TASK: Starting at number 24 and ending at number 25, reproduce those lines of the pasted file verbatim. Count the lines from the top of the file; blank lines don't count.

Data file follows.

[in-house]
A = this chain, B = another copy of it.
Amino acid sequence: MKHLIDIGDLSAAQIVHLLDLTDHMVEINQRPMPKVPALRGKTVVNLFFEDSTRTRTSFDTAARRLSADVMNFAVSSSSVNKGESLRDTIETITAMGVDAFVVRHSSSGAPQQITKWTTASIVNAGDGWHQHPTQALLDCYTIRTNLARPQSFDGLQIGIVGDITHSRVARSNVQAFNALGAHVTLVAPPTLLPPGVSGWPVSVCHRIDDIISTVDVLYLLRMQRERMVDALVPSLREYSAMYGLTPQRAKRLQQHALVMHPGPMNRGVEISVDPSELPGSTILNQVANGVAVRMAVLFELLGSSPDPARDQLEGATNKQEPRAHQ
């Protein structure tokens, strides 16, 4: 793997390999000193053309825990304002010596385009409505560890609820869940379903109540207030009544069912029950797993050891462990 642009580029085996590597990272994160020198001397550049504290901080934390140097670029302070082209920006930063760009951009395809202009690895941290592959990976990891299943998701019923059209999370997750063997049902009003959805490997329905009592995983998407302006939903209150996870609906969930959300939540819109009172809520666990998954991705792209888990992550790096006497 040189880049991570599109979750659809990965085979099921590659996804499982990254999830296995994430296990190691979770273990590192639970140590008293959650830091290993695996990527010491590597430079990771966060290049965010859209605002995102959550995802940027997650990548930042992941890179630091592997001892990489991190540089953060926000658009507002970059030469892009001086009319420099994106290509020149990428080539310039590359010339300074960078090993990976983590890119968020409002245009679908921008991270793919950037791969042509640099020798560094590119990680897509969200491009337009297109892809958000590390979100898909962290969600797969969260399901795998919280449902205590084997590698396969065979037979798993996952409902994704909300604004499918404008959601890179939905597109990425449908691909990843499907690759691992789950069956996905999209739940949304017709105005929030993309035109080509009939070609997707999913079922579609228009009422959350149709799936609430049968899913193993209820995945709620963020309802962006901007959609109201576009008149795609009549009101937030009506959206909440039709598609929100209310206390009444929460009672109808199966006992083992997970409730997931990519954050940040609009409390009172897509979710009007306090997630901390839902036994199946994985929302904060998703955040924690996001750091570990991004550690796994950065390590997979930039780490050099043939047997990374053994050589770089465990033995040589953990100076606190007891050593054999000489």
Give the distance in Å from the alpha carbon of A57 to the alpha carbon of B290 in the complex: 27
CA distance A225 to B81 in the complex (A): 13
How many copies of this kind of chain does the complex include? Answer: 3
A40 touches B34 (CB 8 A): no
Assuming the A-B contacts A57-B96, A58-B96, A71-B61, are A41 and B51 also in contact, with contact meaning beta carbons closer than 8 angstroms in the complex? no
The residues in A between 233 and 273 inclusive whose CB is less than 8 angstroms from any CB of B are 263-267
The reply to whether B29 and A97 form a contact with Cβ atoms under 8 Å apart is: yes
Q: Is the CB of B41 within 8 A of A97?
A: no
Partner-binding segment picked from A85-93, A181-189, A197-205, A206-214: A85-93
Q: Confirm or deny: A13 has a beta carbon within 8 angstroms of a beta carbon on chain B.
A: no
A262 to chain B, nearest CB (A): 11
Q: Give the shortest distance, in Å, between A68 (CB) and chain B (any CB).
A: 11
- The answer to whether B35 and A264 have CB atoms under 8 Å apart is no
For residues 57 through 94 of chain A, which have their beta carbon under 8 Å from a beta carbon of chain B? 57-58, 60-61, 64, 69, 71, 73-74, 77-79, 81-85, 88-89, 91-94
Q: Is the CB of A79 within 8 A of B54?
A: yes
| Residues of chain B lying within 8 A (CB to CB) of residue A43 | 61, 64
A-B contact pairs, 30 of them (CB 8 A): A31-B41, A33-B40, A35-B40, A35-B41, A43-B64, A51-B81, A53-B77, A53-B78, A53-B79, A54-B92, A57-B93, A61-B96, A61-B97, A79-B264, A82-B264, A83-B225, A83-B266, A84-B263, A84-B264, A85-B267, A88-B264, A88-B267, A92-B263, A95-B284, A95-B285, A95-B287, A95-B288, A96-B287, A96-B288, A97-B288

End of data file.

| Residues of chain B lying within 8 A (CB to CB) of residue A43 | 61, 64
A-B contact pairs, 30 of them (CB 8 A): A31-B41, A33-B40, A35-B40, A35-B41, A43-B64, A51-B81, A53-B77, A53-B78, A53-B79, A54-B92, A57-B93, A61-B96, A61-B97, A79-B264, A82-B264, A83-B225, A83-B266, A84-B263, A84-B264, A85-B267, A88-B264, A88-B267, A92-B263, A95-B284, A95-B285, A95-B287, A95-B288, A96-B287, A96-B288, A97-B288